The next column (only appearing on the bottom four rows) is a reminder of the colors I should be seeing in the base packs.  If I lose count of where I am, they'll help me return to the right spot.  If I make a mistake turning, they'll help me spot it early.  Green should never appear in a base pack - I've caught errors early because of this rule!

The final two columns indicate the odd and the even turning direction for the base packs.

Great.  Let's get weaving.

The first turn has no pattern, so it's the same as before doing a plain twill.  Forward, Forward.

I use a safety pin (conveniently, you can use them to hold your tablets together and in order when you're not weaving!) to mark where I am on the pattern.  After I pass the weft, I advance it.

Now we have an X in the fourth even tablet, the one in the middle.

Pull that tablet out of the pack.  You don't have to pull it totally away, just enough to turn it easily.  The less space you take, the easier it will be to find a clean shed after turning.
Turn!  Odd base pack goes forward, even base pack goes back, so the even pattern pack goes forward.  We see green on the even pattern tablet, but that's ok - it's the pattern so it's allowed to be green.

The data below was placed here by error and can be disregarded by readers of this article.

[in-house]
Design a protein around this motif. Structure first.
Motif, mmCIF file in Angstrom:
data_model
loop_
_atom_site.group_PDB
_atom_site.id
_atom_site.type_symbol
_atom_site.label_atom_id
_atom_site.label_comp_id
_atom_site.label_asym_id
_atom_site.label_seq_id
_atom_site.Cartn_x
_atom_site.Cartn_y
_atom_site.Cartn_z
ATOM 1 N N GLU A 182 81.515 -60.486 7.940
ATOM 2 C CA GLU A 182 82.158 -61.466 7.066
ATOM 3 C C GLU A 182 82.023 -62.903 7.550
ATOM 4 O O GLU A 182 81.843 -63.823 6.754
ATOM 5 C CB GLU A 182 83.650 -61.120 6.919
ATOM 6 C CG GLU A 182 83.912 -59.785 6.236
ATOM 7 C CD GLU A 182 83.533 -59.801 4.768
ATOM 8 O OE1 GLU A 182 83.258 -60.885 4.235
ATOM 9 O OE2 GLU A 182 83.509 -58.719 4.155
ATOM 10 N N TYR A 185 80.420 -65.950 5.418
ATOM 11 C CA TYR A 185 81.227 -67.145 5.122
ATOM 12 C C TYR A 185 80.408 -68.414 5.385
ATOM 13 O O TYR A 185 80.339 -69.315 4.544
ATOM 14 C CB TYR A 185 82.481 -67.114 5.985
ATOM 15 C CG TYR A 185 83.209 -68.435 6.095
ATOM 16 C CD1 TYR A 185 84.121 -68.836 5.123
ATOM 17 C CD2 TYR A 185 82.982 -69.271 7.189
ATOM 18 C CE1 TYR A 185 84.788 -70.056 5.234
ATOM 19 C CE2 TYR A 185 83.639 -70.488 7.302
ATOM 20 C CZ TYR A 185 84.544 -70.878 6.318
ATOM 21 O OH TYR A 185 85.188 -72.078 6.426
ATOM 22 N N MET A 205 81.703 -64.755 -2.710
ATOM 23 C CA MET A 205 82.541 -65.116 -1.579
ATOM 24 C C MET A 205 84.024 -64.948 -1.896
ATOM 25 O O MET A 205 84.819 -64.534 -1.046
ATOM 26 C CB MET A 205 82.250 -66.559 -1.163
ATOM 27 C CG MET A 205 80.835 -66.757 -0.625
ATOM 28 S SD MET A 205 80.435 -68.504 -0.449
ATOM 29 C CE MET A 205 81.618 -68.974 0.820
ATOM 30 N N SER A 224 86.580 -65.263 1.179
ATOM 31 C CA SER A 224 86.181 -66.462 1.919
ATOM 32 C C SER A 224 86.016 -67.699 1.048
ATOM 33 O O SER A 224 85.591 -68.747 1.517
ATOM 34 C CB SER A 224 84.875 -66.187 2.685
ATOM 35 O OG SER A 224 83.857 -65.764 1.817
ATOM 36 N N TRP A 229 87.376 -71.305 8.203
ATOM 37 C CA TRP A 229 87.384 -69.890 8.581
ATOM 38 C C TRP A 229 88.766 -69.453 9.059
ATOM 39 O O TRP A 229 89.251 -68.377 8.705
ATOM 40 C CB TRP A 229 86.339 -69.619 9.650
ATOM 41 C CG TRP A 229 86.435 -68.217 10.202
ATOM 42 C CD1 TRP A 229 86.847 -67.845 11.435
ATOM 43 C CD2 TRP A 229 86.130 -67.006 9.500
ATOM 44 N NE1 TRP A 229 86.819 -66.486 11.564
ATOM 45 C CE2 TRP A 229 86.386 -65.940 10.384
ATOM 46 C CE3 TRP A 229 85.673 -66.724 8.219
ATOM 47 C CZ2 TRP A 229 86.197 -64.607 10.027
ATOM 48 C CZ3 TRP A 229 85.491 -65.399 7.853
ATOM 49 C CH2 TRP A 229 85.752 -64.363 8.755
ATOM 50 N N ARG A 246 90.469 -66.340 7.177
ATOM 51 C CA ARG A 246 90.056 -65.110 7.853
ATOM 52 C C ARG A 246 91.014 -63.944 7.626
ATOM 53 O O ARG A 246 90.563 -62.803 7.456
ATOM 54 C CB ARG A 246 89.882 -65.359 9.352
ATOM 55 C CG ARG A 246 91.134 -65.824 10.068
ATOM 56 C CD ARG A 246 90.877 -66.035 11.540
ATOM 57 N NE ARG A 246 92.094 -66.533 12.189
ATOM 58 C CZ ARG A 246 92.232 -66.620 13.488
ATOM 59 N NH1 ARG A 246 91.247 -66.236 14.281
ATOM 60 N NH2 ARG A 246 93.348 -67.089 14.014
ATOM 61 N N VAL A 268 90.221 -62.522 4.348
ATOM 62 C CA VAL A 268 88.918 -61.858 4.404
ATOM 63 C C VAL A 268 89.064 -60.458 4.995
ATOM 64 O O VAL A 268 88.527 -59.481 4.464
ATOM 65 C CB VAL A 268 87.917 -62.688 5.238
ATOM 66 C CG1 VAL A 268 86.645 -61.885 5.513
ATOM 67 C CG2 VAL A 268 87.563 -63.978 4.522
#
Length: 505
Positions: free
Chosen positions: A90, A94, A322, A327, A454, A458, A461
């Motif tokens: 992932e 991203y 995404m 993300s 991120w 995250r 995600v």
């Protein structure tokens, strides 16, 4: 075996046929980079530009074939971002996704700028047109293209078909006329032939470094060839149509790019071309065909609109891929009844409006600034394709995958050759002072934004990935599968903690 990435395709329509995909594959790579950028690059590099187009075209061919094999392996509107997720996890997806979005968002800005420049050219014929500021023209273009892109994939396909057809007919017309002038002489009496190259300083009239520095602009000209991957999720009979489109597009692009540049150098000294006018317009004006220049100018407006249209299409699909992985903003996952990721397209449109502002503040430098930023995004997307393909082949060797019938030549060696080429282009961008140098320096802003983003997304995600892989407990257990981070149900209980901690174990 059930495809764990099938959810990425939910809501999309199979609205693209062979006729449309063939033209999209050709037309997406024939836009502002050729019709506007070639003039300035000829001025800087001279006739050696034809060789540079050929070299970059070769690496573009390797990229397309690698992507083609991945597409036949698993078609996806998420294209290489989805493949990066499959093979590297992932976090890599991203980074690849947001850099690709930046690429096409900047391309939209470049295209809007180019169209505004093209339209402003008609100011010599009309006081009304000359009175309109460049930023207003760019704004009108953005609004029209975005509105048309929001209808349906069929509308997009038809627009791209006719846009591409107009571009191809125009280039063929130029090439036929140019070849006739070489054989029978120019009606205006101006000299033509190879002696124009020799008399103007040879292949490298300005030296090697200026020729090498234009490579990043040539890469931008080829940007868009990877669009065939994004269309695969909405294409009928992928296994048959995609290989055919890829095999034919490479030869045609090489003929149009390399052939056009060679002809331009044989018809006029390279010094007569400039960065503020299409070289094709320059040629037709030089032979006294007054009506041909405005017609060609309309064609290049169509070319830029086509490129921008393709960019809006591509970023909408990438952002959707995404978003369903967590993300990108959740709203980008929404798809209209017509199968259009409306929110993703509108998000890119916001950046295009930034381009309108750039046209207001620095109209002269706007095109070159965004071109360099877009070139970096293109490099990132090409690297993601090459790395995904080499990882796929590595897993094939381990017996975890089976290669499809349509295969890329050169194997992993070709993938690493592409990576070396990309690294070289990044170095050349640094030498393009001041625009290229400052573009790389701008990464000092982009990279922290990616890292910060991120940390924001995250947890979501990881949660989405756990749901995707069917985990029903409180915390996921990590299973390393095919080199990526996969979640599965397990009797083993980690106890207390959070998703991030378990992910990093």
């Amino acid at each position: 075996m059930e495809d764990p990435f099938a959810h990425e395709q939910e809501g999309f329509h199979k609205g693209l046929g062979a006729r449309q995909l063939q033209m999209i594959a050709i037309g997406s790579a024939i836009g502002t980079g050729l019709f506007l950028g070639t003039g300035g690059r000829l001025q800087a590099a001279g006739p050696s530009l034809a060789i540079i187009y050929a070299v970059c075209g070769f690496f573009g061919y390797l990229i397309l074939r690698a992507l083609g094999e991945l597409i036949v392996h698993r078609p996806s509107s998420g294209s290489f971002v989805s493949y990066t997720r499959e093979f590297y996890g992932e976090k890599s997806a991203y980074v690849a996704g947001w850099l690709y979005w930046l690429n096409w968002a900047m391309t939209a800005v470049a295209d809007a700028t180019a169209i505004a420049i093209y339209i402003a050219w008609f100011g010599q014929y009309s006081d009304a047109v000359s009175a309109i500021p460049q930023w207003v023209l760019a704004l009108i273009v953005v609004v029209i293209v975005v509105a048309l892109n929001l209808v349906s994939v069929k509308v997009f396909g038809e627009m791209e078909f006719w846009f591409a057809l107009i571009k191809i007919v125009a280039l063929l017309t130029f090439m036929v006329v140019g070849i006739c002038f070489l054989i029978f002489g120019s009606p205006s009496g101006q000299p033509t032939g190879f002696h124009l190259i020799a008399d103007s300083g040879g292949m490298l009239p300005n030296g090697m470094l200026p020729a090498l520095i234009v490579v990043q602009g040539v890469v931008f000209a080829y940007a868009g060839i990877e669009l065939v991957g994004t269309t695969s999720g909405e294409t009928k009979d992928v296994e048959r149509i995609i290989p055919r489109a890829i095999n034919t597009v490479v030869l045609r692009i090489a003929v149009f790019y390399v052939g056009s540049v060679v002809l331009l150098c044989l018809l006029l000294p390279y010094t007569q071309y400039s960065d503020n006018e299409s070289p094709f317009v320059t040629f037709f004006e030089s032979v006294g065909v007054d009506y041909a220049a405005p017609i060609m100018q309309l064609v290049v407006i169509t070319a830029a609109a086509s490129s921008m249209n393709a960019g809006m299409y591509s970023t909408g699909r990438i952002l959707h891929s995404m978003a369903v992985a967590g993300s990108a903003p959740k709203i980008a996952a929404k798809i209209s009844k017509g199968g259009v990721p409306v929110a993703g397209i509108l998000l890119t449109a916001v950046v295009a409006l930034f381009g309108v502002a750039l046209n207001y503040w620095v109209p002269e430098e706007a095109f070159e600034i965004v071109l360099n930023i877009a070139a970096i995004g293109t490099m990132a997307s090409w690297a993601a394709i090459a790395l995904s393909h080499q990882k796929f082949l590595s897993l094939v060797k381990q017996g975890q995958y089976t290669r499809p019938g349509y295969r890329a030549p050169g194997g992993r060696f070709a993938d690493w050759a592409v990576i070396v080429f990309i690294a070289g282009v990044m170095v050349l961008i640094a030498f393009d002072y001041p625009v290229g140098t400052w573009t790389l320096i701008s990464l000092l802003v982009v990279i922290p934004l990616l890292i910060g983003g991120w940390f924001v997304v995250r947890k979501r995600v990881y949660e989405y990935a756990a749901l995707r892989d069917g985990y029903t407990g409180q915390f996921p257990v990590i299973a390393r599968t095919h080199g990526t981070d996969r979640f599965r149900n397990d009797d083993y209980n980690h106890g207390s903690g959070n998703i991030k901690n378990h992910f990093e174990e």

Because I'm weaving in sticky wool, I need to slide the packs a little to find the shed.  Compacting them also helps, and you can compact them almost fully while still being able to easily pull out your pattern tablets (now helpfully a different color) for the next pick.
On the next turn, we're going to be going back and back, so since our odd tablets are going backwards, the edge tablets get moved to the pattern pack.  And we have a pattern for that pack too!  The middle two odd tablets.  Note that the single pattern tablet in the even pack is still there.
Turn!  Odd base back, odd pattern forward, even base back, even pattern forward.
Here's the part that makes this work nicely.  You'd think that since we had four packs while turning, we're going to have four packs to deal with when trying to find the shed.  But we don't!  Our even pack has completed its two pick-long pixel and all the tablets are in the same state.  So we can compress that into one pack.  This is why the pattern tablets automatically return to the base pack after each pixel.

By smushing the odd base and pattern packs together, we can get this down to 2.5 packs, which is manageable.  Remember that you can peek between the two to spot stray threads.
For our fourth pick, we choose new even pattern tablets, which are the two just off of the middle (see the pattern above).
Back and Forward, with the pattern packs turning oppositely.